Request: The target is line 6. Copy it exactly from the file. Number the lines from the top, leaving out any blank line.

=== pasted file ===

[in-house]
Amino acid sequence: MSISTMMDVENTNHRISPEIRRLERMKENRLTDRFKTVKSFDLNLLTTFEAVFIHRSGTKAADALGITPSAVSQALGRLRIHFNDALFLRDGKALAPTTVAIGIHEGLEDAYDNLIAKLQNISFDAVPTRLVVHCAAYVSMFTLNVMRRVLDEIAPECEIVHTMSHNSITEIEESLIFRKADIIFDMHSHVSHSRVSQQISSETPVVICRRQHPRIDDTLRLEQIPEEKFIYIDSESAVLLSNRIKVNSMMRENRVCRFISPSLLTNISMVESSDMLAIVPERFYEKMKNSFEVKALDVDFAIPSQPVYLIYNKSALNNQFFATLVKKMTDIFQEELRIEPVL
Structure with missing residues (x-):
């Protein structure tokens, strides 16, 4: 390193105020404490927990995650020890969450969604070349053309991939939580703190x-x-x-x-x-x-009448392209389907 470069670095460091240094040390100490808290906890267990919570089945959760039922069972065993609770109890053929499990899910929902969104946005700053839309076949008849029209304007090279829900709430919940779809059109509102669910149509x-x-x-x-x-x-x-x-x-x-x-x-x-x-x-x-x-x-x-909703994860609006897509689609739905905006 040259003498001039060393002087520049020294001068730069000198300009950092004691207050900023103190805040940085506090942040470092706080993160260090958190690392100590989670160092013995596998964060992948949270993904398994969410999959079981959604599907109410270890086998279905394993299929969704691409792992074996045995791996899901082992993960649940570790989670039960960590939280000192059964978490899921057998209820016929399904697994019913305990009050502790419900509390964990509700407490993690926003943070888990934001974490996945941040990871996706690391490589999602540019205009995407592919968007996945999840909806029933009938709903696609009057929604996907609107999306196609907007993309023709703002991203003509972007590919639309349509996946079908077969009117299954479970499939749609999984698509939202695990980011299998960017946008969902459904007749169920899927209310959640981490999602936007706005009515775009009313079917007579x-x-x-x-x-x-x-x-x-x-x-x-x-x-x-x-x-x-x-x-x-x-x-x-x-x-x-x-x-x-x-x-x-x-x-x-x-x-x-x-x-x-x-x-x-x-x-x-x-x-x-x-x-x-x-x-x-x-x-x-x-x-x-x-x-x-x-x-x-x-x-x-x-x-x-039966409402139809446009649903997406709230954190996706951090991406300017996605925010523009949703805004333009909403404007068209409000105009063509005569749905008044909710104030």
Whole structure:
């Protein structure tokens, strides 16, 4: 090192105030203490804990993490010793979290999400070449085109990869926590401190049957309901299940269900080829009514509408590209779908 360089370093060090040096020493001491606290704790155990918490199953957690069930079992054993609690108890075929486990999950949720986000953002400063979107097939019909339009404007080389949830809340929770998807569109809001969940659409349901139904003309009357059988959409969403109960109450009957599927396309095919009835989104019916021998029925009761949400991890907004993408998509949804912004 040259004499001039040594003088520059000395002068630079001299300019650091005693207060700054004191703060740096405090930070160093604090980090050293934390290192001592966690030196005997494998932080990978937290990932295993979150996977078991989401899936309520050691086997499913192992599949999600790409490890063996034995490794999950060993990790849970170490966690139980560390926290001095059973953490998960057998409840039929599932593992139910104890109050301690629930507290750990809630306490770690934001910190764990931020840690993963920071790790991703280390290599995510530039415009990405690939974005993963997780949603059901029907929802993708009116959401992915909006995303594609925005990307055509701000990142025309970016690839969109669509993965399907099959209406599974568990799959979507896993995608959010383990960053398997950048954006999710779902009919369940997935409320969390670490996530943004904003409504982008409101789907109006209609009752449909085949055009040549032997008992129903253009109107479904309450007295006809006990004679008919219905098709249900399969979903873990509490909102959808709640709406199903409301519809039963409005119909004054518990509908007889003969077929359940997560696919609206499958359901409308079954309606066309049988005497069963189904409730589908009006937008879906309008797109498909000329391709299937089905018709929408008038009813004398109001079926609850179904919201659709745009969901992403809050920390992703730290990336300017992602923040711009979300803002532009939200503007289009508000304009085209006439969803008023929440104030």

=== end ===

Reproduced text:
């Protein structure tokens, strides 16, 4: 090192105030203490804990993490010793979290999400070449085109990869926590401190049957309901299940269900080829009514509408590209779908 360089370093060090040096020493001491606290704790155990918490199953957690069930079992054993609690108890075929486990999950949720986000953002400063979107097939019909339009404007080389949830809340929770998807569109809001969940659409349901139904003309009357059988959409969403109960109450009957599927396309095919009835989104019916021998029925009761949400991890907004993408998509949804912004 040259004499001039040594003088520059000395002068630079001299300019650091005693207060700054004191703060740096405090930070160093604090980090050293934390290192001592966690030196005997494998932080990978937290990932295993979150996977078991989401899936309520050691086997499913192992599949999600790409490890063996034995490794999950060993990790849970170490966690139980560390926290001095059973953490998960057998409840039929599932593992139910104890109050301690629930507290750990809630306490770690934001910190764990931020840690993963920071790790991703280390290599995510530039415009990405690939974005993963997780949603059901029907929802993708009116959401992915909006995303594609925005990307055509701000990142025309970016690839969109669509993965399907099959209406599974568990799959979507896993995608959010383990960053398997950048954006999710779902009919369940997935409320969390670490996530943004904003409504982008409101789907109006209609009752449909085949055009040549032997008992129903253009109107479904309450007295006809006990004679008919219905098709249900399969979903873990509490909102959808709640709406199903409301519809039963409005119909004054518990509908007889003969077929359940997560696919609206499958359901409308079954309606066309049988005497069963189904409730589908009006937008879906309008797109498909000329391709299937089905018709929408008038009813004398109001079926609850179904919201659709745009969901992403809050920390992703730290990336300017992602923040711009979300803002532009939200503007289009508000304009085209006439969803008023929440104030």